Cerner is to integrate the British National Formulary’s (BNF) medicines information with the Cerner Millennium software for hospital systems in the UK.
Millennium is the software selected for delivery to NHS hospitals in London and the South of England under the NHS IT programme.
Work is underway to deliver Cerner Millennium users with full access to the BNF together with other vital information, such as interactions, dose range checks and commonly used prescription sentences.
As a result, hospital staff members will have access to the most accurate and up-to-date prescribing information at the touch of a button.
Cerner’s managing director, David Sides, told E-Health Insider: “We wanted a tool that would help users select, prescribe and monitor the correct medicines for their patients. Having talked with clinicians, we chose the BNF – often dubbed the ‘drugs bible’ to ensure that at the click of a button, users will have an easy-to-use, familiar resource which will help to support their treatment decisions and help elevate the safety, quality and efficiency of care.”
The BNF is already developed to interface with the NHS Dictionary of Medicines and Devices (dm+d), Connecting for Health’s chosen standard for medicines and device identification, and most recently launched its service for mobile devices.
The BNF is a joint publication of the Royal Pharmaceutical Society of Great Britain and the BMJ Group, the publishing arm of the British Medical Association (BMA).
It is currently used daily by over 200,000 health professionals and is available in print and digital formats for standalone computers, networks, handheld personal digital assistants (PDAs) and as integrated decision support within clinical software.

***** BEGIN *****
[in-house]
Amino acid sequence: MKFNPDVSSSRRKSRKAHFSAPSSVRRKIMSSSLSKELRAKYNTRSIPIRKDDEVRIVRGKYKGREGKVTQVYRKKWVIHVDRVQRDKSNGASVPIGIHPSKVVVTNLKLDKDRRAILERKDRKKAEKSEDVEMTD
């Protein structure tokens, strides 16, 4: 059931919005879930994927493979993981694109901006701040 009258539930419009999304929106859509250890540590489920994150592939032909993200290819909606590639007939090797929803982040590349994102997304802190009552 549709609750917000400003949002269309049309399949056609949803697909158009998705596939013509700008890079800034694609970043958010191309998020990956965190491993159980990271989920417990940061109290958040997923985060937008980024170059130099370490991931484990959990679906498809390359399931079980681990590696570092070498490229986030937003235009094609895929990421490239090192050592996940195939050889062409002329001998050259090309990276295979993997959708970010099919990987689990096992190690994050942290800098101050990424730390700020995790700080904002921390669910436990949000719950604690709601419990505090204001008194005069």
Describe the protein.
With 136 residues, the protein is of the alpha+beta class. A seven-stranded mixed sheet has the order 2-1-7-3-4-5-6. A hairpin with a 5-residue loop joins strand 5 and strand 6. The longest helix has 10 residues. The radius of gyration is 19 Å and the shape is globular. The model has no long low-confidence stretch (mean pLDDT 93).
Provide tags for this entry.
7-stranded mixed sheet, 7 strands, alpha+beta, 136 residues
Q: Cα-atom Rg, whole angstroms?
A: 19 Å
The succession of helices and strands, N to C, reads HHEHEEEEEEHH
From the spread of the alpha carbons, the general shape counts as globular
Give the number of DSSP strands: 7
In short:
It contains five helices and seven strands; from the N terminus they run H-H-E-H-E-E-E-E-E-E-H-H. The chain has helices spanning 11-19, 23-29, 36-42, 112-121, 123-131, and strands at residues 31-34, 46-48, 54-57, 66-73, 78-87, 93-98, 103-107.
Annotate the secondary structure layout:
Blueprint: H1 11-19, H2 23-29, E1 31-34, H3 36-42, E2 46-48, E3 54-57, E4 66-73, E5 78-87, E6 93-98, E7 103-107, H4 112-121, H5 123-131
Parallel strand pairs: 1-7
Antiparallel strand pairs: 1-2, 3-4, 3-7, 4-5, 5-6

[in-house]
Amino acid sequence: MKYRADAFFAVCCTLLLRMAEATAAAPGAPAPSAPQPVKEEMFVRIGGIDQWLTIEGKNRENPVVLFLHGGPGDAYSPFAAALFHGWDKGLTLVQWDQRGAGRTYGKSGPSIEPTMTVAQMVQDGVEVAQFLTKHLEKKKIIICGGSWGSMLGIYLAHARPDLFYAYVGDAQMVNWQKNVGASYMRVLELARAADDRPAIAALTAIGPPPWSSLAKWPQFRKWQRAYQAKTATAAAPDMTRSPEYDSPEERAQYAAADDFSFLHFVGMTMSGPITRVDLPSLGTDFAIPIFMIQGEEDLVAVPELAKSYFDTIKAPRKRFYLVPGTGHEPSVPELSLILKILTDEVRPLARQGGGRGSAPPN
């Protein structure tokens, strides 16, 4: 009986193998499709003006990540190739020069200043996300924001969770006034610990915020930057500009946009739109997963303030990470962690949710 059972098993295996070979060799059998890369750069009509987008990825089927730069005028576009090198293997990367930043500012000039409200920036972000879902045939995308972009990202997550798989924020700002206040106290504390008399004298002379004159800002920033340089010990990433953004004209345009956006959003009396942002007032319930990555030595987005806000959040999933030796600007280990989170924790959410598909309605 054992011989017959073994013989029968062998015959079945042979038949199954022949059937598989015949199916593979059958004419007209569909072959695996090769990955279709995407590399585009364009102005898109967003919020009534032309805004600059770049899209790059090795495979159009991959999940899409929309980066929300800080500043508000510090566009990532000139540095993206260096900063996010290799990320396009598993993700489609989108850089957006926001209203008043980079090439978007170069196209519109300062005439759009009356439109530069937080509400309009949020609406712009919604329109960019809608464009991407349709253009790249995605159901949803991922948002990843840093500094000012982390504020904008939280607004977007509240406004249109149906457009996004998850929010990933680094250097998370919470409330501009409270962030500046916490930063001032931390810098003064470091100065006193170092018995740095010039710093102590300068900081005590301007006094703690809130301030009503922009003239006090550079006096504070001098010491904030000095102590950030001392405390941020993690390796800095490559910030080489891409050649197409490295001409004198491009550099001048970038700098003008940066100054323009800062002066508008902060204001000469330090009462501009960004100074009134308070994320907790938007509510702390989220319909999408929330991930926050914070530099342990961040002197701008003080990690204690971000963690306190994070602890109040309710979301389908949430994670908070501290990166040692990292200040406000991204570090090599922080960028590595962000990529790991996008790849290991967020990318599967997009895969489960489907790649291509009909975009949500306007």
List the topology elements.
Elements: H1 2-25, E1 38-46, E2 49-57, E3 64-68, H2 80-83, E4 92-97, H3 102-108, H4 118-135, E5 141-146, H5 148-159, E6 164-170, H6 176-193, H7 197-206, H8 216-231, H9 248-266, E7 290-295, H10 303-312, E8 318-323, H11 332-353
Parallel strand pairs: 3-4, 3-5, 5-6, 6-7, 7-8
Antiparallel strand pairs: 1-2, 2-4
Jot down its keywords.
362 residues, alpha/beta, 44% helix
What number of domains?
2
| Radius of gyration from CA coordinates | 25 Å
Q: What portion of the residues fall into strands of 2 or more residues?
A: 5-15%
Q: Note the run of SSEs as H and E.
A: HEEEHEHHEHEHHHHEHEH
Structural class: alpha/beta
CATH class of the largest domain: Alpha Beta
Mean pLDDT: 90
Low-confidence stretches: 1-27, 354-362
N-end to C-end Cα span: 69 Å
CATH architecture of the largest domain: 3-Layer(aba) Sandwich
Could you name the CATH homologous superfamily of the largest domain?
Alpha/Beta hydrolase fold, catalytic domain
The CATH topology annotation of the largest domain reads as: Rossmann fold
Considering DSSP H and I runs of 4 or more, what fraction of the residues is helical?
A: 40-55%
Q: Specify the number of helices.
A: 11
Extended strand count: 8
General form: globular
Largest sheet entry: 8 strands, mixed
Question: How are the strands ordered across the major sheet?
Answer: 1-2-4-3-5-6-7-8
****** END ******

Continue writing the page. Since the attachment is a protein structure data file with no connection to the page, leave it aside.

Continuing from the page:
BNF publishing director, Dominic Vaughan, told EHI: “Users of Cerner Millennium will get the unique and trusted information service the BNF strives to deliver. Our interface with the dm+d will mean that users will have fully coded drugs advice sent to them whenever they search a keyword and can look at records and monographs.”
The BNF recently improved the display of BNF preparation records so that they show the corresponding drug monograph. Vaughan said the move emphasised the BNF’s commitment towards “more efficient and safer prescribing practices and 92% of users already support the change.”
Coding work to integrate the BNF with Cerner Millennium is now completed and Cerner say they are looking for trusts to trial the system before rolling it out to all users next year.
Sides said: “Trusts will receive access to information on drugs and advice immediately at the point of prescribing. We are looking at finding trusts to trial this medicines management now and hope to go live with the system next year once we have established that the solution is right for users in the UK. The BNF will ensure trusts consider all risks from drugs before prescribing including dosages and contraindications.”